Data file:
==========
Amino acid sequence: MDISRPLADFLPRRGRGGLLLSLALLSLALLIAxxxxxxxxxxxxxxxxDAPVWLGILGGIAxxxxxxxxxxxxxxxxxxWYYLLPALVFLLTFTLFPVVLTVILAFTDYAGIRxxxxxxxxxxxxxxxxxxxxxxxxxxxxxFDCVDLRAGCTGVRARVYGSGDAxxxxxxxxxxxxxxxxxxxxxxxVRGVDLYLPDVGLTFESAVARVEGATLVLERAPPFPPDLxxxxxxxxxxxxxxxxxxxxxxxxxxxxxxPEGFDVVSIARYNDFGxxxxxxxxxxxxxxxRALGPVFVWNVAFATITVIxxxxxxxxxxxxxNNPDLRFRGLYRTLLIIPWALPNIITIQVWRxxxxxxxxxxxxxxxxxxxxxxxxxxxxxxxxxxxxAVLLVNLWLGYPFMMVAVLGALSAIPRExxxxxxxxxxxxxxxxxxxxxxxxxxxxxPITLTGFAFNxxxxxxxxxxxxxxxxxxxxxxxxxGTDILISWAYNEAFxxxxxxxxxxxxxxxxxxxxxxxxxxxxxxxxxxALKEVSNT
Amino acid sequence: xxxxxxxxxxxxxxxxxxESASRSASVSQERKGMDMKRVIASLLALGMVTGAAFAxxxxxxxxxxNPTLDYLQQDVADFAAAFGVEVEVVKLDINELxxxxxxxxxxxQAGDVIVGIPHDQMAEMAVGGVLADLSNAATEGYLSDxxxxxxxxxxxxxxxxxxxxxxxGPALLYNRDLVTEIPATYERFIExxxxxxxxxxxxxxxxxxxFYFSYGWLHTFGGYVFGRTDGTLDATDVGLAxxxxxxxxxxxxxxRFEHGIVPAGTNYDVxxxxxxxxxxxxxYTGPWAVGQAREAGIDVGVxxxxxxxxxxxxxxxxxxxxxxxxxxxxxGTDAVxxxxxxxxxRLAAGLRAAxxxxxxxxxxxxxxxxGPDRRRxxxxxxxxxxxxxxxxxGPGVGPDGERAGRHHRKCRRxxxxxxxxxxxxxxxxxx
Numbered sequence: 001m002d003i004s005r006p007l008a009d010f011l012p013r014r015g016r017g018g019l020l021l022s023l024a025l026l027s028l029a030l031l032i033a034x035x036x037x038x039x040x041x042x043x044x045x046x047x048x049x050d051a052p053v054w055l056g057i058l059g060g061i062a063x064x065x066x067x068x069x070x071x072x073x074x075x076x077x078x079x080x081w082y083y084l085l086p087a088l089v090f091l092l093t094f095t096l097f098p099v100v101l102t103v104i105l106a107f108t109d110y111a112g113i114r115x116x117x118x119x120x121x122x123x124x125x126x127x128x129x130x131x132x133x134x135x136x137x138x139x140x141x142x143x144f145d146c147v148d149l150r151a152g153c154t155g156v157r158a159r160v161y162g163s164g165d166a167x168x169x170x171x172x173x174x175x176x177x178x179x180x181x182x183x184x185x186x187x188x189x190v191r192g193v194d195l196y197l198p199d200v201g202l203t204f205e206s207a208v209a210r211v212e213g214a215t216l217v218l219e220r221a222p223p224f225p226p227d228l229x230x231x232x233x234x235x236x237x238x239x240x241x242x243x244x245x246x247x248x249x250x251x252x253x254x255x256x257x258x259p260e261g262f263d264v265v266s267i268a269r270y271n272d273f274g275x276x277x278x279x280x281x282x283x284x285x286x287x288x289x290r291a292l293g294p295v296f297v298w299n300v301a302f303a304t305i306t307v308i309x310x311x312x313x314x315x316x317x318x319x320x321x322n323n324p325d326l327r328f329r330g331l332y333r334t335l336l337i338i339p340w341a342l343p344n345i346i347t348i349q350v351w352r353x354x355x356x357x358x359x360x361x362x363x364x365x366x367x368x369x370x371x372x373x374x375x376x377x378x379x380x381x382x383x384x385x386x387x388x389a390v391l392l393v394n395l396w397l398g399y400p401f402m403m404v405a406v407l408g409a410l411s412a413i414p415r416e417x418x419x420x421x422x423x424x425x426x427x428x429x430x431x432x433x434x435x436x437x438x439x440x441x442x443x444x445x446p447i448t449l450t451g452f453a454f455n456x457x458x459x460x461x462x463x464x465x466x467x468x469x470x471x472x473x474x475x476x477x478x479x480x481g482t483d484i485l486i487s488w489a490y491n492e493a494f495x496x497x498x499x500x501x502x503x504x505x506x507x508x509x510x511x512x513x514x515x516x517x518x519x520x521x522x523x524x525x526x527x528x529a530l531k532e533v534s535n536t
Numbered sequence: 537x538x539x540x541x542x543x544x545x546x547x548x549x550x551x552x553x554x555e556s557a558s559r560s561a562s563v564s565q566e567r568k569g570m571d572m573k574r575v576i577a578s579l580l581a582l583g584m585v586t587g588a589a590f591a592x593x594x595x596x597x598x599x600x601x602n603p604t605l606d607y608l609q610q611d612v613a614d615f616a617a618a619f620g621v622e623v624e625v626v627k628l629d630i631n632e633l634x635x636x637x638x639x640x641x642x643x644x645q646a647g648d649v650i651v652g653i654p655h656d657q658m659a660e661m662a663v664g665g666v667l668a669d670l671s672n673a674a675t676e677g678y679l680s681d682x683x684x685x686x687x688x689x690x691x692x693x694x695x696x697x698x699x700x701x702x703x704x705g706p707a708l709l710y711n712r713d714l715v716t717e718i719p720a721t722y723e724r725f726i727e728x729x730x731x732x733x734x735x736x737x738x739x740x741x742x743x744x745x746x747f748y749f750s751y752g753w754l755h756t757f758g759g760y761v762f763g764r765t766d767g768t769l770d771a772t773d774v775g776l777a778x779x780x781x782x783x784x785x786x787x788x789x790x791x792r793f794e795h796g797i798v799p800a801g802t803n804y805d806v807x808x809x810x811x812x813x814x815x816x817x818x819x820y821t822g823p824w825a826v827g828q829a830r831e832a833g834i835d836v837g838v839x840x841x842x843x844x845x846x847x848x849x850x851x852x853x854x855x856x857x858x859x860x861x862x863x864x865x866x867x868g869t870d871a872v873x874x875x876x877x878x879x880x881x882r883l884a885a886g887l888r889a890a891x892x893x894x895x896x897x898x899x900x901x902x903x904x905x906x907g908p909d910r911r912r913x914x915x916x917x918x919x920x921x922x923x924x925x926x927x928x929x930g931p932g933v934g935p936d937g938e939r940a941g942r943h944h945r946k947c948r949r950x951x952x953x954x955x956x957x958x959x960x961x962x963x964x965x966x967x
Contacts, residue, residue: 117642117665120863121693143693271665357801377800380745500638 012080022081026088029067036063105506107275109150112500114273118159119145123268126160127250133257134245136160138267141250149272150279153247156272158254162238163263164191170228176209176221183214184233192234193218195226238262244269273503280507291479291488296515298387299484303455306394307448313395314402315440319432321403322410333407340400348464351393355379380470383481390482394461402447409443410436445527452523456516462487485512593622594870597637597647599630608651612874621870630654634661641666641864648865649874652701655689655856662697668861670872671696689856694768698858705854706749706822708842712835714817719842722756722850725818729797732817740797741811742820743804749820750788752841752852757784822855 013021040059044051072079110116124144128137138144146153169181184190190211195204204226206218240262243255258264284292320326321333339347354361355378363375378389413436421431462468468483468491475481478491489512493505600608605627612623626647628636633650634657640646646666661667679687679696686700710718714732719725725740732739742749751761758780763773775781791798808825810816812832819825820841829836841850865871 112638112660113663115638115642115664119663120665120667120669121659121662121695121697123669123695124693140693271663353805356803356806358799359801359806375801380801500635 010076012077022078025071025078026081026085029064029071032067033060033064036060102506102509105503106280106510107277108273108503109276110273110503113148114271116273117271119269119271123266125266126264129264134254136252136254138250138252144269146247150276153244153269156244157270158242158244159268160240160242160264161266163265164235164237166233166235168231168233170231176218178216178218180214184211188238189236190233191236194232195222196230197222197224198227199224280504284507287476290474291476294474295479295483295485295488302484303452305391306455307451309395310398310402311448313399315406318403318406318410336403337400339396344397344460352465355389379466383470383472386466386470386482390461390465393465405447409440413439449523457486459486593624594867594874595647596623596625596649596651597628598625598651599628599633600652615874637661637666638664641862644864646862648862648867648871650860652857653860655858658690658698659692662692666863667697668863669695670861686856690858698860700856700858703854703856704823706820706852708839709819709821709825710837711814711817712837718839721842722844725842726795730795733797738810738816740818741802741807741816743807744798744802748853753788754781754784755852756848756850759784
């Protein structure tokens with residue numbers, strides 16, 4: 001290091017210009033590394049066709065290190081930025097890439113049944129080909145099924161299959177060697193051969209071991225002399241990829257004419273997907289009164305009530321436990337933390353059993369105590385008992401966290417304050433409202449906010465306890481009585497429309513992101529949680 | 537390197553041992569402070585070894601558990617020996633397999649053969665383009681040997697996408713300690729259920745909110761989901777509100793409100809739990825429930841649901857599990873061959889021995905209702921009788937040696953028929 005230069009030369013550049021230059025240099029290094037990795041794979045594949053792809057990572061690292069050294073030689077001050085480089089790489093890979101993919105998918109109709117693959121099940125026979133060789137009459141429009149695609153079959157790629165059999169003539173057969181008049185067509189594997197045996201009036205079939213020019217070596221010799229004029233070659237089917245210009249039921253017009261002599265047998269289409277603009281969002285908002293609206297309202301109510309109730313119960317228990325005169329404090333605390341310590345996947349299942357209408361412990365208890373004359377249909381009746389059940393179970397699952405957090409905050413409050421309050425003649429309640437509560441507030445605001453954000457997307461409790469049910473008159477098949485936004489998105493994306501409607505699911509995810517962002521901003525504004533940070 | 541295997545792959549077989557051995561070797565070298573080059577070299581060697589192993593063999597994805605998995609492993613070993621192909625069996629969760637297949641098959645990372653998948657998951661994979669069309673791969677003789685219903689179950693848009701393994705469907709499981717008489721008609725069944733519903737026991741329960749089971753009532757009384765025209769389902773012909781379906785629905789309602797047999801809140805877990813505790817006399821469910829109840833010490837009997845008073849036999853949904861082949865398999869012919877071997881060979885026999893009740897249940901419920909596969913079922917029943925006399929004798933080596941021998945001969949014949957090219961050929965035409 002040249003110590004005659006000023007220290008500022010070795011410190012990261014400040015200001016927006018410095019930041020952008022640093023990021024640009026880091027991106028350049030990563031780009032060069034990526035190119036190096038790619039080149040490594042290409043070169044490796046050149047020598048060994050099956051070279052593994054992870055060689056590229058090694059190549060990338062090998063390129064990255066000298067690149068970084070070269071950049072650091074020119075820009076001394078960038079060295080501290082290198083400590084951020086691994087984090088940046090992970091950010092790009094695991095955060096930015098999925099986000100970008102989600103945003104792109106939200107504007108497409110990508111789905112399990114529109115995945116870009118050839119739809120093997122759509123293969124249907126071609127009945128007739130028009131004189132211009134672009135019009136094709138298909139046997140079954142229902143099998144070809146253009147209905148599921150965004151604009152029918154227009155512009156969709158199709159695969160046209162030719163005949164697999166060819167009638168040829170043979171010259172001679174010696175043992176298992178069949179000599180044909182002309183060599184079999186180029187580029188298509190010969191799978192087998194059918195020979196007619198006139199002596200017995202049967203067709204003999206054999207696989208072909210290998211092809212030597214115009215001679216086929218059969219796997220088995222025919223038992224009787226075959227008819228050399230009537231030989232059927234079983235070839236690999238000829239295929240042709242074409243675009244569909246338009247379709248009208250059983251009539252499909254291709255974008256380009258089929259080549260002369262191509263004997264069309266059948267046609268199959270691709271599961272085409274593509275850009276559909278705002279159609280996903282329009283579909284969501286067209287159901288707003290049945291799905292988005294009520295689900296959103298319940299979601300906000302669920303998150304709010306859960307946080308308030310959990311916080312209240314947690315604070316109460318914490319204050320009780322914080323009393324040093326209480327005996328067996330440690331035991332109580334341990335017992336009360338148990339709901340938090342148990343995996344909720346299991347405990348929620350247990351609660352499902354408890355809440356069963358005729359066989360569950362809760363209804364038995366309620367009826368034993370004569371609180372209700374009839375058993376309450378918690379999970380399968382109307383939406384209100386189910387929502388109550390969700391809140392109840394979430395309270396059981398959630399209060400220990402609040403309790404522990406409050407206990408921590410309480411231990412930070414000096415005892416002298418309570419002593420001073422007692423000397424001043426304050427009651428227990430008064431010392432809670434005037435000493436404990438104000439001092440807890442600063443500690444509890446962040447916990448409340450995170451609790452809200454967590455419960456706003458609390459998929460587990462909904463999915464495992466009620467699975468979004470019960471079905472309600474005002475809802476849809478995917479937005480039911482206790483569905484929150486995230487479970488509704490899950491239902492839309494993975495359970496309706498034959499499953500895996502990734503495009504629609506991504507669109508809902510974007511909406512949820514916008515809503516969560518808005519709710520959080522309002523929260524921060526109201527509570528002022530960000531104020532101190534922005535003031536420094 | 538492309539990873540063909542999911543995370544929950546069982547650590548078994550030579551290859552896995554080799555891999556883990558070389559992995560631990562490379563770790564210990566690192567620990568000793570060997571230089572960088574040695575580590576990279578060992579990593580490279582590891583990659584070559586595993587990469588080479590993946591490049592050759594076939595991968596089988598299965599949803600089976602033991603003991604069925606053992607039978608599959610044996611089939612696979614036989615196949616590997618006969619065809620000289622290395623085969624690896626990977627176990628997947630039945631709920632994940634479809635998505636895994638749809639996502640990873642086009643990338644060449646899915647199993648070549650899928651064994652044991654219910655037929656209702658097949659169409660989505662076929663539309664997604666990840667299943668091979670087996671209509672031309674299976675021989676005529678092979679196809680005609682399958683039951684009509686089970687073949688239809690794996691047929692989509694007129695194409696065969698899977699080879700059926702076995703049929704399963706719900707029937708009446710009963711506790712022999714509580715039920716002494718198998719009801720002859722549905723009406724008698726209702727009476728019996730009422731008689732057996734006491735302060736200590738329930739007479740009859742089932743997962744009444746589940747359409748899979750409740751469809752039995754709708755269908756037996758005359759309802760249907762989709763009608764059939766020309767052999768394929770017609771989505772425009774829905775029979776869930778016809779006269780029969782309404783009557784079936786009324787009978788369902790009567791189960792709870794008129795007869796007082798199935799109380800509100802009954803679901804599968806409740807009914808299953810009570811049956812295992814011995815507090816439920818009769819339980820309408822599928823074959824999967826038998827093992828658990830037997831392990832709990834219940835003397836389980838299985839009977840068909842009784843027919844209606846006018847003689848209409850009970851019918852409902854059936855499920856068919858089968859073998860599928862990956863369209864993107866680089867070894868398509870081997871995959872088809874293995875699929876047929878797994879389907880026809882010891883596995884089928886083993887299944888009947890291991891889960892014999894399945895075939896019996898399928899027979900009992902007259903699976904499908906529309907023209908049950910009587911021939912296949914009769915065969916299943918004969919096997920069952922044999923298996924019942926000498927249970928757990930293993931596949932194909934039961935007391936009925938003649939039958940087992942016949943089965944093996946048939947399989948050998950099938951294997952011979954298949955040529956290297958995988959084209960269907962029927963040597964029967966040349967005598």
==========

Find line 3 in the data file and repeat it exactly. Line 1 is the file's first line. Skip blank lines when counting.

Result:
Numbered sequence: 001m002d003i004s005r006p007l008a009d010f011l012p013r014r015g016r017g018g019l020l021l022s023l024a025l026l027s028l029a030l031l032i033a034x035x036x037x038x039x040x041x042x043x044x045x046x047x048x049x050d051a052p053v054w055l056g057i058l059g060g061i062a063x064x065x066x067x068x069x070x071x072x073x074x075x076x077x078x079x080x081w082y083y084l085l086p087a088l089v090f091l092l093t094f095t096l097f098p099v100v101l102t103v104i105l106a107f108t109d110y111a112g113i114r115x116x117x118x119x120x121x122x123x124x125x126x127x128x129x130x131x132x133x134x135x136x137x138x139x140x141x142x143x144f145d146c147v148d149l150r151a152g153c154t155g156v157r158a159r160v161y162g163s164g165d166a167x168x169x170x171x172x173x174x175x176x177x178x179x180x181x182x183x184x185x186x187x188x189x190v191r192g193v194d195l196y197l198p199d200v201g202l203t204f205e206s207a208v209a210r211v212e213g214a215t216l217v218l219e220r221a222p223p224f225p226p227d228l229x230x231x232x233x234x235x236x237x238x239x240x241x242x243x244x245x246x247x248x249x250x251x252x253x254x255x256x257x258x259p260e261g262f263d264v265v266s267i268a269r270y271n272d273f274g275x276x277x278x279x280x281x282x283x284x285x286x287x288x289x290r291a292l293g294p295v296f297v298w299n300v301a302f303a304t305i306t307v308i309x310x311x312x313x314x315x316x317x318x319x320x321x322n323n324p325d326l327r328f329r330g331l332y333r334t335l336l337i338i339p340w341a342l343p344n345i346i347t348i349q350v351w352r353x354x355x356x357x358x359x360x361x362x363x364x365x366x367x368x369x370x371x372x373x374x375x376x377x378x379x380x381x382x383x384x385x386x387x388x389a390v391l392l393v394n395l396w397l398g399y400p401f402m403m404v405a406v407l408g409a410l411s412a413i414p415r416e417x418x419x420x421x422x423x424x425x426x427x428x429x430x431x432x433x434x435x436x437x438x439x440x441x442x443x444x445x446p447i448t449l450t451g452f453a454f455n456x457x458x459x460x461x462x463x464x465x466x467x468x469x470x471x472x473x474x475x476x477x478x479x480x481g482t483d484i485l486i487s488w489a490y491n492e493a494f495x496x497x498x499x500x501x502x503x504x505x506x507x508x509x510x511x512x513x514x515x516x517x518x519x520x521x522x523x524x525x526x527x528x529a530l531k532e533v534s535n536t